I have great respect for living things.  I have even greater respect for living things that have survived on this earth for longer than I have.  I’m referring to the grizzled, time tested vines of To Kalon’s I Block.  Planted in 1945, this may be the oldest planting of Sauvignon Blanc in North America.  They are head trained, dry farmed (non-irrigated) behemoths with crusty, cracking trunks and erratically shifting arms.  This morning I had the distinct pleasure of walking through I Block with fellow winemaker, Rich Arnold.  California is in a drought; a REALLY BAD drought.  None of the vines in I Block have seemed to notice very much.  There are a few yellowing basal (leaves at the base of the canes down near the fruit) leaves here and there but for the most part this block looks completely unaware, as if to say “Drought? What drought?”  The leaves are green and happy, facing the sun this morning since the fog has cleared early today.  The fruit is unbelievably concentrated and complex with flavors of melons, spices, flowers, and fresh herbs.  That is even before more complex aromas will be unlocked and unleashed during the fermentation process.

20140814-143332-52412151.jpg

I Block will be picked this week.  The flavors and the acids are approaching the right balance and the sugar is along for the ride in this block.  It is usually a very restrained Brix level, generally under 23 Brix.  This year looks no different.  It seems to have escaped the stresses that the irrigated Sauvignon Blanc are showing this year lending credence to the theory that dry farmed vines are not as affected by vintage variation as irrigated ones.  I’m looking forward to working with this fruit in the winery and understanding more about how the team here brings out the amazing characters that are already clearly apparent in the fruit.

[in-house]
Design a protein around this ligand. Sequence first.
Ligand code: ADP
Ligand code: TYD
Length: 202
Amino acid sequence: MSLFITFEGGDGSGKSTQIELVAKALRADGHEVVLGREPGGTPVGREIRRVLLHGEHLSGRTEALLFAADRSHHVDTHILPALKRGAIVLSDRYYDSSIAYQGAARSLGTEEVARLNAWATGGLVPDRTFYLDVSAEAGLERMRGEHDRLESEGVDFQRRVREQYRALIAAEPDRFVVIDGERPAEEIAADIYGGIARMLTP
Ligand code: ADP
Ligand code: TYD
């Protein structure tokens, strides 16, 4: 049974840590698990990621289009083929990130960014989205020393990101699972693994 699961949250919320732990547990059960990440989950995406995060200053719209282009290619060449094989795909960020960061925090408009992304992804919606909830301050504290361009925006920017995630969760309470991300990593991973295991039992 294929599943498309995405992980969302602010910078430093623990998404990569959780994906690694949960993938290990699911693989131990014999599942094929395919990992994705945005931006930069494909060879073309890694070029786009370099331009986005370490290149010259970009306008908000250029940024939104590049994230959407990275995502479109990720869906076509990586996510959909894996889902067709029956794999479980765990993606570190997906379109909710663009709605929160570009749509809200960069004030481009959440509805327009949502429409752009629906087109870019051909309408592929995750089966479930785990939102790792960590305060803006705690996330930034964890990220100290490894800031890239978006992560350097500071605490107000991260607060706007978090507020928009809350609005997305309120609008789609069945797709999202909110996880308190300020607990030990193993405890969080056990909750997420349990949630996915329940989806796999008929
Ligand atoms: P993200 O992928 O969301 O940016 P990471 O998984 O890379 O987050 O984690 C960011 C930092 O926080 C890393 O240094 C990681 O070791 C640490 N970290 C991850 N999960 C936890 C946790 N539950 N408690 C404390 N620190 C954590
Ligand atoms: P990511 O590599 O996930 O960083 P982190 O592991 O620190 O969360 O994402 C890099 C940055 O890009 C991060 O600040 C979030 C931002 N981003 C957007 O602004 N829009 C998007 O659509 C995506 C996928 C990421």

Robert Mondavi Winery 2011 To Kalon I Block Fume Blanc* 

Personality: Unbelievably Unique

Aromas of ginger, white flowers, chalk, and dry herbs. Bright acid, dry palate with full body and intense flavors of lime zest, melons, fresh peach, spices, and minerals with a long finish.  Amazing wine!

* Disclosure: For those of you who don’t know, I am one of the winemakers for Robert Mondavi Winery and generally avoid posting tasting notes for wineries that I work for however this is a very special wine and posting the note tied in with the harvest blog this week so I chose to do so.

 

 

Harvest 2014: Week 2- How to Decide When to Pick Pinot Noir

Up until late last week Brix were climbing rapidly. Then in the middle of the week we had some showers come through which has slowed the progression. We’ve now had foggy mornings and cool nights returning, finally! While at the beginning of last week it seemed certain that Pinot Noir would come in late this week, the game has changed, which it always does with Pinot. So how does one go about deciding to pick Pinot Noir?

1) Observe the Cluster and Pick a Berry

20140811-083927-31167250.jpg

Try to pick from different spots from each cluster you sample including the front, back, top, and bottom.

2) Chew the Berry, separating the seeds and the skin from the pulp.

20140811-084117-31277780.jpg

Spit out the seeds in your hand to observe how brown they are. These are getting close to ripe. I’m not a huge proponent that Pinot seeds need to be brown but it helps in determining where the grapes are in development.

3) Chew the skins to macerate them to determine color development and extract-ability.

20140811-084400-31440739.jpg
I normally just spit out the juice and observe the color before it hits the ground but since this takes considerable practice the easier method (although slower) is to squeeze the skins in your fingers until the juice runs out. Observe the color in the juice.

20140811-084555-31555003.jpg

20140811-084611-31571284.jpg

This is fairly dark for Pinot so it looks like it will be a good color year for this variety.

4) Taste the flavors and acid balance. No pictures to assist here. Just make sure the balance is good, the acid is fresh, and the flavors are coming around. Pinot is deceiving because often flavors exist at lower Brix that are not readily apparent in the berries. Often, if you wait for fully developed flavors you’ve missed your ideal acid so I tend to rank acid development higher in Pinot than any other sign of ripeness.

That all being said, if the mornings continue to stay cool then our first Pinot will come in next Monday. However, if we lose the fog and it really starts to heat up it may still be this Friday.